Robotic Cane Improves Walking Stability

Researchers at Columbia University have added electronics and computation technology to a simple cane that can provide gentle assistance to the elderly.

It’s not uncommon for elderly people or those with physical afflictions such as multiple sclerosis to walk with a cane. A team led by Sunil Agrawal, professor of mechanical engineering and rehabilitation and regenerative medicine at Columbia Engineering, has developed a robotic cane—aptly dubbed “CANINE”--that can provide support someone with limited stability by “walking” alongside him or her.

robot cane, Columbia University, electronics and computational technology, light-touch support
Researchers at Columbia University have developed a robotic cane called CANINE that can assist those with mobility challenges when walking by applying a light touch. (Source: Columbia University)

The can provides what’s called light-touch support, similar to how someone might touch or lightly hold a companion’s arm when walking, Agrawal said in a press statement.

“Often, elderly people benefit from light hand-holding for support,” he explained. “We have developed a robotic cane attached to a mobile robot that automatically tracks a walking person and moves alongside.”

The aim of the device is to improve the user’s self-awareness of his or her body in space during walking, thus improving stability and balance, Agrawal said. Researchers also want to provide a tool to support the aging population, who are increasing in numbers and will need more diverse care options.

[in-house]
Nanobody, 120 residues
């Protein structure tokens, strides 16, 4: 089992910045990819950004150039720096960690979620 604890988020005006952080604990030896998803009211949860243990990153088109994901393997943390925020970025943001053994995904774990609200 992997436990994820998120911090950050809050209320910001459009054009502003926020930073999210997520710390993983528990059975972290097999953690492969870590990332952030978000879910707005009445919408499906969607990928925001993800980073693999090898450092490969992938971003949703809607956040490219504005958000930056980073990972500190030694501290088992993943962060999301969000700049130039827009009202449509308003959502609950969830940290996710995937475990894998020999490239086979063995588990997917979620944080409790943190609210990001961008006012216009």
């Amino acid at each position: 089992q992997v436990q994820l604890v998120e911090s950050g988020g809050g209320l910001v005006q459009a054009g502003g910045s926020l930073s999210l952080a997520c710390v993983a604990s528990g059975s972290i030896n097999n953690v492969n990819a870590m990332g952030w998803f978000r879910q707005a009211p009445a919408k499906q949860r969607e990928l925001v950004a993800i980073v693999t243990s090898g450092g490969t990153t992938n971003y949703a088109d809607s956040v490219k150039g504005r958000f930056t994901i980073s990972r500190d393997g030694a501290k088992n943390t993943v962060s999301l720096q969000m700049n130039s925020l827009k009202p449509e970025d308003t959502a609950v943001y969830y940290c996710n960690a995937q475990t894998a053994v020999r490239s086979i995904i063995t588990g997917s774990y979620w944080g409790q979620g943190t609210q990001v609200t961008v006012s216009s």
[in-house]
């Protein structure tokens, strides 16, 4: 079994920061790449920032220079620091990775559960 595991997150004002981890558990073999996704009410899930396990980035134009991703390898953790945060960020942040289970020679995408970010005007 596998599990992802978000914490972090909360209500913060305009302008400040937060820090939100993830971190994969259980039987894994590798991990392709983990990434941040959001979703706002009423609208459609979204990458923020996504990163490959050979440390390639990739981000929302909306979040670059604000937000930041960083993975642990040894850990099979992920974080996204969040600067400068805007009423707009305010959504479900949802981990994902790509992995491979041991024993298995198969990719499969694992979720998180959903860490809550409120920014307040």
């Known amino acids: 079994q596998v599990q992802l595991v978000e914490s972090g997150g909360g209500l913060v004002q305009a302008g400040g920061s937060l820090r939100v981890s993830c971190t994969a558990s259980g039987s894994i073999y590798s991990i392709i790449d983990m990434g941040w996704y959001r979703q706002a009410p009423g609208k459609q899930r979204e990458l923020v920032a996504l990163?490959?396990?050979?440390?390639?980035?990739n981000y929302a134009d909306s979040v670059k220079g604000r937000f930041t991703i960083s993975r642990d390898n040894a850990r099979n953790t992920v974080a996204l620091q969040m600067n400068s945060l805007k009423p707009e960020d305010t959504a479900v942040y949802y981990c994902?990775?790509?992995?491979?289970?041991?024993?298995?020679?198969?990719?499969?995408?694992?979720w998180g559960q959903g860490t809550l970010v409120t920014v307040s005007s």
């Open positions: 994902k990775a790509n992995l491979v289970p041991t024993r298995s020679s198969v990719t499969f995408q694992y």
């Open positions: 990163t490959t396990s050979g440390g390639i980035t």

“This is one technology that has the potential to fill the gap in care fairly inexpensively,” he said in the press statement.

Increase in Stability

Mobility problems tend to affect the elderly more than young people, with 35 percent of people aged 75 to 80 years suffering from some limitations in movement and walking, which can affect independence and quality of life negatively.

CANINE technology includes more than just the cane itself. Users also walk on a mat outfitted with sensors to record step length and walking rhythm to help researchers analyze their gait and the effects of a light touch by the device on it, Agrawal said.

Researchers already tested the device on 12 subjects who walked 10 laps on the mat, filled with virtual-reality glasses that created a visual environment to unbalance them as they walked. Each walked 10 laps on the instrumented mat—both with and without the cane—testing how they moved when unstable both with and without assistance.

The tests showed that having the light-touch support of the robotic cane caused all subjects to narrow their strides when their gaits became unstable due to their virtual-environment cues, researchers said. The narrower strides helped stabilize their gait, demonstrating that CANINE could be a helpful tool in such circumstances, researchers said.

Researchers published a study on their work in the journal IEEE Robotics and Automation Letters.

The team plans next to test the technology on their targeted audience, Agrawal told Design News. “The next step of the research is to conduct studies with elderly subjects who have gait and balance impairments to see how this technology helps them in improving their balance during walking,” he told us. “This is an ongoing project in our group and we are looking forward to reporting the outcomes in the near future.”

Elizabeth Montalbano is a freelance writer who has written about technology and culture for more than 20 years. She has lived and worked as a professional journalist in Phoenix, San Francisco and New York City. In her free time she enjoys surfing, traveling, music, yoga and cooking. She currently resides in a village on the southwest coast of Portugal.

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